2015 News Archives

Catherine K. Kuo receives Award for Innovation in Research

December 21, 2015

ckk awardCatherine K. Kuo (Associate Professor, Departments of Biomedical Engineering and Orthopaedics) received an Award for Innovation in Research at the Go:Life in Orthopaedics Conference in Gothenburg, Sweden in December. Her talk, “Embryonically Inspired Approaches to Regenerate Soft Tissues”, described her innovative research program to regenerate tendons in a manner that recapitulates embryonic tendon development and scarless healing. She described how she engineers 3-dimensional tissue models to study the mechanobiology of embryonic tendon formation, and uses the new information to develop novel tendon regeneration approaches informed by the embryonic processes.

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Gdowski Recognized by IEEE for Leadership Efforts

December 17, 2015

gdowskiProfessor Greg Gdowski, the Rochester IEEE Section Chair, has received an IEEE award for Regional Professional Leadership from IEEE USA for demonstrated leadership efforts in advancing the professional aims of IEEE in Region 1, specifically in revitalizing the Rochester Section and the photonics community. 

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Fernandes receives Donald M. and Janet C. Barnard Fellowship

November 5, 2015

Congratulations to BME PhD candidate Ninoshka Fernandes, who has received a Donald M. and Janet C. Barnard Fellowship from the College of Arts, Science and Engineering. These fellowships recognize outstanding achievement by PhD students in engineering and science, as evidenced through their coursework and their dissertation research work. The Fellowship provides a $2K stipend top-off of the student’s existing stipend, as well as a tuition award.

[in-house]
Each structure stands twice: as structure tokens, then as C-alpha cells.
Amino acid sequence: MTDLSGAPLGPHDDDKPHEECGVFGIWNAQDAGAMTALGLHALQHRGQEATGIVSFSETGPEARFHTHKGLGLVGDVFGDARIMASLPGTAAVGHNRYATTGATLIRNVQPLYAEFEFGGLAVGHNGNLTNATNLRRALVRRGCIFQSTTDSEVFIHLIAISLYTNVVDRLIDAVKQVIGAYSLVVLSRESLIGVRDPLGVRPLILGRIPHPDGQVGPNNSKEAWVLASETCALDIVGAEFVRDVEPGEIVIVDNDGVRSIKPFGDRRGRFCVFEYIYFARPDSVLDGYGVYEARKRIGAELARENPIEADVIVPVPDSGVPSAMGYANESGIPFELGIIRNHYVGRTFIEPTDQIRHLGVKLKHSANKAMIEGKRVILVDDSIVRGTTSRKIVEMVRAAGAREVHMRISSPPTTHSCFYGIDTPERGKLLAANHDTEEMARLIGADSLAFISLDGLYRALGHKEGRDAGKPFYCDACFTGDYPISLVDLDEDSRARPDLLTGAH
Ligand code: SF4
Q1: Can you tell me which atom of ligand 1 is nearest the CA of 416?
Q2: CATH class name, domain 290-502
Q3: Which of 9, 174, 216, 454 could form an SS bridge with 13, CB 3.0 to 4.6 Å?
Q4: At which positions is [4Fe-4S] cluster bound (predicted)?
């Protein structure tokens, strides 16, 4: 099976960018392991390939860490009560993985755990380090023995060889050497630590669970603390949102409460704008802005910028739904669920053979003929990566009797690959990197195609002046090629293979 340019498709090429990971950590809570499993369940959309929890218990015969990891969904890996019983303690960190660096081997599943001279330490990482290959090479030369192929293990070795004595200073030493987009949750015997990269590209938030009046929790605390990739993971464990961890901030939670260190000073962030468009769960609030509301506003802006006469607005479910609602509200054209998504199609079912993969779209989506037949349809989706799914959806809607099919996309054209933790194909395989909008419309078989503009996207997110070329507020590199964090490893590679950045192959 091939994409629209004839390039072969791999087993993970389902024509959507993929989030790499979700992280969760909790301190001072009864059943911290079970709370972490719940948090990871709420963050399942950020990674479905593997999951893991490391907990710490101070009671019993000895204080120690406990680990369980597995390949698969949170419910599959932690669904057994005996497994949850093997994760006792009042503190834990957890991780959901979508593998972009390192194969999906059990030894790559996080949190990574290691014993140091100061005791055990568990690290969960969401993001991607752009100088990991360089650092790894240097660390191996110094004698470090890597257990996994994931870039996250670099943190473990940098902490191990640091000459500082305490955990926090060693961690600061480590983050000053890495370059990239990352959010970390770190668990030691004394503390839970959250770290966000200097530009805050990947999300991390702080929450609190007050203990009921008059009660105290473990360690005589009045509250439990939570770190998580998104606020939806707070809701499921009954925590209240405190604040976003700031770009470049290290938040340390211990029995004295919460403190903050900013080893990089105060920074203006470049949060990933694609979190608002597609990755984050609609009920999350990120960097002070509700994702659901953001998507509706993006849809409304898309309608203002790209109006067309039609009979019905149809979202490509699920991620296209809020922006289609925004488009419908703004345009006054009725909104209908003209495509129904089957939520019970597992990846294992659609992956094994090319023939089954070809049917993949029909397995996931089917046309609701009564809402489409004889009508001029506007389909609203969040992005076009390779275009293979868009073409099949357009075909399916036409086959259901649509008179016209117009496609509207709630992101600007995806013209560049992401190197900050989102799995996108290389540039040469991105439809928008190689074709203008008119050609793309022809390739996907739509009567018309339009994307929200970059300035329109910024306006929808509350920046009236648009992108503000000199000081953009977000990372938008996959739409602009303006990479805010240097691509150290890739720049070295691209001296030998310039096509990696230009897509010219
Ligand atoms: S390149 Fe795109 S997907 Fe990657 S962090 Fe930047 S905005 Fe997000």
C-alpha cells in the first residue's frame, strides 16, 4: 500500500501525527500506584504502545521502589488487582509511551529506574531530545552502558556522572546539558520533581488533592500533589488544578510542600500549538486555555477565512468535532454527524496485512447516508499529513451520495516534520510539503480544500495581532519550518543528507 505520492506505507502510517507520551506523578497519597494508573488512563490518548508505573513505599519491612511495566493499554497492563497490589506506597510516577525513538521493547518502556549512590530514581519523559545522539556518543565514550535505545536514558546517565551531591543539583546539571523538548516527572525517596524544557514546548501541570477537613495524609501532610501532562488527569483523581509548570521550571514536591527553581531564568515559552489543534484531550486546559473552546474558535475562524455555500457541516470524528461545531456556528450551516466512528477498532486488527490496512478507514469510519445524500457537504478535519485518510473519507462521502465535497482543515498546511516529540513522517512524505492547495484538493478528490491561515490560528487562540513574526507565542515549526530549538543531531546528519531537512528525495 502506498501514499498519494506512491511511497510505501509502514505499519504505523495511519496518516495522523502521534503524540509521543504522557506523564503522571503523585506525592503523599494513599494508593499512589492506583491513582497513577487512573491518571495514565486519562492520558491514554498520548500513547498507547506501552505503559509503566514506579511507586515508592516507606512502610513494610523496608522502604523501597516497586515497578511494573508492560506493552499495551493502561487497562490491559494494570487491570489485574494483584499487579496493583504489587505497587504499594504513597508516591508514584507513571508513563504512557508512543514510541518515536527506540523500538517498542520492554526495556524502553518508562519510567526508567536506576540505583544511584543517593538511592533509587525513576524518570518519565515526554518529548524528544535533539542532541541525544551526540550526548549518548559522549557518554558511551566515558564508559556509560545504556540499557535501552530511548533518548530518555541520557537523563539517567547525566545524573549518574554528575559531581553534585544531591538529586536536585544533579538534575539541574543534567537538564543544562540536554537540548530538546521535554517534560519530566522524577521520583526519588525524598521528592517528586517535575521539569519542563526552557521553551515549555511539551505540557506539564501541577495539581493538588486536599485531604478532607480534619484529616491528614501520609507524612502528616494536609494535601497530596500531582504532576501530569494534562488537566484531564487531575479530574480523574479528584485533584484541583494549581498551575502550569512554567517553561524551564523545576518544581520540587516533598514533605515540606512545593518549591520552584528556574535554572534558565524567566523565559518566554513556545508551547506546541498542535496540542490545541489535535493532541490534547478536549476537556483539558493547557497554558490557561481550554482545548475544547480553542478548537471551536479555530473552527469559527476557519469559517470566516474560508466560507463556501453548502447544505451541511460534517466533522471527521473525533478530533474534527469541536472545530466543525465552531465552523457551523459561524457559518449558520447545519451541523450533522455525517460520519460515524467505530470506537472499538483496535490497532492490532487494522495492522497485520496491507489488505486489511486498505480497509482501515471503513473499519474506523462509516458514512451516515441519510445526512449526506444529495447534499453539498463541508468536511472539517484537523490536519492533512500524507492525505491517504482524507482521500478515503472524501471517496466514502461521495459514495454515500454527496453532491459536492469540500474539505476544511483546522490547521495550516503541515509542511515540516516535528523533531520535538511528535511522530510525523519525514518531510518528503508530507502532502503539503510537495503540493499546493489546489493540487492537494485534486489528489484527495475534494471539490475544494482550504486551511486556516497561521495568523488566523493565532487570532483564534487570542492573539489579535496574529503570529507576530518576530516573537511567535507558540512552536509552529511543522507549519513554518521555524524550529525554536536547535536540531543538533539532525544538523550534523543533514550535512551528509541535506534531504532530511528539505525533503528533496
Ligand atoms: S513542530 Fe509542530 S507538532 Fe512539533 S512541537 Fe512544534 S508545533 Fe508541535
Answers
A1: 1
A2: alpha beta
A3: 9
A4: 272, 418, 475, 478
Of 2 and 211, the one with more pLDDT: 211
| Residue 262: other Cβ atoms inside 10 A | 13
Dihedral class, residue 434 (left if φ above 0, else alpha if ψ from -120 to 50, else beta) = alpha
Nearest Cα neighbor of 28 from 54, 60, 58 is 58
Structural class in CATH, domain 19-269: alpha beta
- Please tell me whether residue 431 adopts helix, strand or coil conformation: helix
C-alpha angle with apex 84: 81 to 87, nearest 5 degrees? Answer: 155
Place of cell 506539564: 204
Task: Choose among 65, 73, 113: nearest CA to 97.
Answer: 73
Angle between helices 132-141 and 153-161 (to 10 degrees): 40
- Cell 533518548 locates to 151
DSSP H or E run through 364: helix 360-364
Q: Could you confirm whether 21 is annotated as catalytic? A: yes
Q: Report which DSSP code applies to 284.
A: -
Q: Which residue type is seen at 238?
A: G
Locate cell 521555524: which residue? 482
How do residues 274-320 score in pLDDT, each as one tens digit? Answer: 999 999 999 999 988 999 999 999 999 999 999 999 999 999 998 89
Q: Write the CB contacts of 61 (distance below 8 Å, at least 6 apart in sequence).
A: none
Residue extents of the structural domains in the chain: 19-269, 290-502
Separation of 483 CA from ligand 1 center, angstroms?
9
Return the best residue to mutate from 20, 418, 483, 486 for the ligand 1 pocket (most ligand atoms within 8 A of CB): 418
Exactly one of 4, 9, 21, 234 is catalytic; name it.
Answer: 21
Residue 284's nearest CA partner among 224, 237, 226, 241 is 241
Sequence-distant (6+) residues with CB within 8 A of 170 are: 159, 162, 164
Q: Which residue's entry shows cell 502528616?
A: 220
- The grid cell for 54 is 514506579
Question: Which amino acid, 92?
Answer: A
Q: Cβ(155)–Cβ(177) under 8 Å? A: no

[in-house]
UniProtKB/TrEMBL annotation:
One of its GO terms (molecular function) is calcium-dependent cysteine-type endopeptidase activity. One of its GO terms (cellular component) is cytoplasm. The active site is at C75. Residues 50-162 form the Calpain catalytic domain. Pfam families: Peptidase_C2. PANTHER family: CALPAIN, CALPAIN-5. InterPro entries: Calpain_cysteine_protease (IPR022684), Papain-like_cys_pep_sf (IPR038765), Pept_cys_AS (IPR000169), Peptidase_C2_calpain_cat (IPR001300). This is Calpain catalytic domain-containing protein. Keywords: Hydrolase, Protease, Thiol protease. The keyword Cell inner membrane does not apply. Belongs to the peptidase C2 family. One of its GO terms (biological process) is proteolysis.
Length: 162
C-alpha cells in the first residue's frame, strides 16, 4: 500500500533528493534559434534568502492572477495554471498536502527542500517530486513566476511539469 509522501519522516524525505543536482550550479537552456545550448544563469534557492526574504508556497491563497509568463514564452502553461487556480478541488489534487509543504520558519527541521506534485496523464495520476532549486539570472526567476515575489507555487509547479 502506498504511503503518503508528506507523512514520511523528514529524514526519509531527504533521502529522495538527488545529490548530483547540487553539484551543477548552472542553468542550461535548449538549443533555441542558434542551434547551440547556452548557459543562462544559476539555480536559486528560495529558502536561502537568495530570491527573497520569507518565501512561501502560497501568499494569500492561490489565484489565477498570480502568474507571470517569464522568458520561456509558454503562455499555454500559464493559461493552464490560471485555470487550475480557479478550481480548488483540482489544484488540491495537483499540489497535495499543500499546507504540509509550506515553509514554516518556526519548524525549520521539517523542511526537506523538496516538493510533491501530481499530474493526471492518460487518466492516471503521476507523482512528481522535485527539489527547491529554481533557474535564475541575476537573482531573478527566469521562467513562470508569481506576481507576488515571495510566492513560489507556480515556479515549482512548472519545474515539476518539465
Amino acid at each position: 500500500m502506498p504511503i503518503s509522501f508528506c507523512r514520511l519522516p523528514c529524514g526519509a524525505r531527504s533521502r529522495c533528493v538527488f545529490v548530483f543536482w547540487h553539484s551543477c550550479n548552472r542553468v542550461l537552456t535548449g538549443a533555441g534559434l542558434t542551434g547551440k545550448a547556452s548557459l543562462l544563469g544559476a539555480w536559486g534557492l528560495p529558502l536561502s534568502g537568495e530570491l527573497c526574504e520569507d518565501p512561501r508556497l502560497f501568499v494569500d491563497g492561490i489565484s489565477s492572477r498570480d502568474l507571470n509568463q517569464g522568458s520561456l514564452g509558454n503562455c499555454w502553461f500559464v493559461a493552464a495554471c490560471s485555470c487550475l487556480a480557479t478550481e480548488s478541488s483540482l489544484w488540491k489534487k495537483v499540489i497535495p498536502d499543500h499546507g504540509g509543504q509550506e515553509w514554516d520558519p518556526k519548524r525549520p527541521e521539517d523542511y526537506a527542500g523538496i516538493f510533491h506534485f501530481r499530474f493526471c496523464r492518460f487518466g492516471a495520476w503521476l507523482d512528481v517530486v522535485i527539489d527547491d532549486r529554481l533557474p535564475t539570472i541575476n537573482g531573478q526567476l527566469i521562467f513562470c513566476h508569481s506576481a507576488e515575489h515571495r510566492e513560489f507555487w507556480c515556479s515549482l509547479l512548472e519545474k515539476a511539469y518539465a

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Bowen Recognized Among Top Freshmen

October 29, 2015

Congratulations to Ryan Bowen, Class of 2018, who was awarded the Iota Book Award last night in Rush Rhees Library. This honor recognizes the top students among the previous year’s freshmen. Criteria include: 1) scholarly achievement, 2) humanistic values, 3) co-curricular activity, and 4) leadership potential.

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Choe and Benoit Awarded NSF grant to develop safe, noninvasive imaging methods to monitor bone graft healing

October 29, 2015